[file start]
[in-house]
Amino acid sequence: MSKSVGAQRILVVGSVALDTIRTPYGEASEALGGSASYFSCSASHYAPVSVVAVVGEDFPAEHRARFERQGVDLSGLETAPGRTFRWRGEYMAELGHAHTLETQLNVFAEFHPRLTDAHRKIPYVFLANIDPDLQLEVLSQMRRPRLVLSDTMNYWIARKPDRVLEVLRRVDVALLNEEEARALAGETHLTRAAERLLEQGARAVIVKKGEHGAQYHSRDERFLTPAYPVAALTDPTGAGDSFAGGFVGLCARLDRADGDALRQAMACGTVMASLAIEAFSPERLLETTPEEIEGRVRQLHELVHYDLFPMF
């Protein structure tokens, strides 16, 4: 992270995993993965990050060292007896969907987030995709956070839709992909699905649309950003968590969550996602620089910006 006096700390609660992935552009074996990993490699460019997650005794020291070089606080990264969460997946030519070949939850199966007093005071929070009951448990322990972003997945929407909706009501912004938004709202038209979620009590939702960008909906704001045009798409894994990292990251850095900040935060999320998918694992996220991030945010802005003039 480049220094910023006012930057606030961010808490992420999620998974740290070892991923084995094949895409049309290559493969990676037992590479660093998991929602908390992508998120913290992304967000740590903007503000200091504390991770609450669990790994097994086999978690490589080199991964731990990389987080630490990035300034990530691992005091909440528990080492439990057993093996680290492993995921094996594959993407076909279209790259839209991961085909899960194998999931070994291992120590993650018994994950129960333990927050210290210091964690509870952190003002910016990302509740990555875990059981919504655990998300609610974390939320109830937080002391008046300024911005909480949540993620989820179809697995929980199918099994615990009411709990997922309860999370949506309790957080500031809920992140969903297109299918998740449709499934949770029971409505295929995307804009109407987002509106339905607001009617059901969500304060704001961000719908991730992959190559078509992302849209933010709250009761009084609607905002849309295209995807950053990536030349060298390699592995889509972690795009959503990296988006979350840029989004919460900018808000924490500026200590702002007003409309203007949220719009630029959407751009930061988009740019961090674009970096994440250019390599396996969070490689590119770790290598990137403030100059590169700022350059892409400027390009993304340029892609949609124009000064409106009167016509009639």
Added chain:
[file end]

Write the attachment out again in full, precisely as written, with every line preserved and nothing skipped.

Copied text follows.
[in-house]
Amino acid sequence: MSKSVGAQRILVVGSVALDTIRTPYGEASEALGGSASYFSCSASHYAPVSVVAVVGEDFPAEHRARFERQGVDLSGLETAPGRTFRWRGEYMAELGHAHTLETQLNVFAEFHPRLTDAHRKIPYVFLANIDPDLQLEVLSQMRRPRLVLSDTMNYWIARKPDRVLEVLRRVDVALLNEEEARALAGETHLTRAAERLLEQGARAVIVKKGEHGAQYHSRDERFLTPAYPVAALTDPTGAGDSFAGGFVGLCARLDRADGDALRQAMACGTVMASLAIEAFSPERLLETTPEEIEGRVRQLHELVHYDLFPMF
């Protein structure tokens, strides 16, 4: 992270995993993965990050060292007896969907987030995709956070839709992909699905649309950003968590969550996602620089910006 006096700390609660992935552009074996990993490699460019997650005794020291070089606080990264969460997946030519070949939850199966007093005071929070009951448990322990972003997945929407909706009501912004938004709202038209979620009590939702960008909906704001045009798409894994990292990251850095900040935060999320998918694992996220991030945010802005003039 480049220094910023006012930057606030961010808490992420999620998974740290070892991923084995094949895409049309290559493969990676037992590479660093998991929602908390992508998120913290992304967000740590903007503000200091504390991770609450669990790994097994086999978690490589080199991964731990990389987080630490990035300034990530691992005091909440528990080492439990057993093996680290492993995921094996594959993407076909279209790259839209991961085909899960194998999931070994291992120590993650018994994950129960333990927050210290210091964690509870952190003002910016990302509740990555875990059981919504655990998300609610974390939320109830937080002391008046300024911005909480949540993620989820179809697995929980199918099994615990009411709990997922309860999370949506309790957080500031809920992140969903297109299918998740449709499934949770029971409505295929995307804009109407987002509106339905607001009617059901969500304060704001961000719908991730992959190559078509992302849209933010709250009761009084609607905002849309295209995807950053990536030349060298390699592995889509972690795009959503990296988006979350840029989004919460900018808000924490500026200590702002007003409309203007949220719009630029959407751009930061988009740019961090674009970096994440250019390599396996969070490689590119770790290598990137403030100059590169700022350059892409400027390009993304340029892609949609124009000064409106009167016509009639």
Added chain: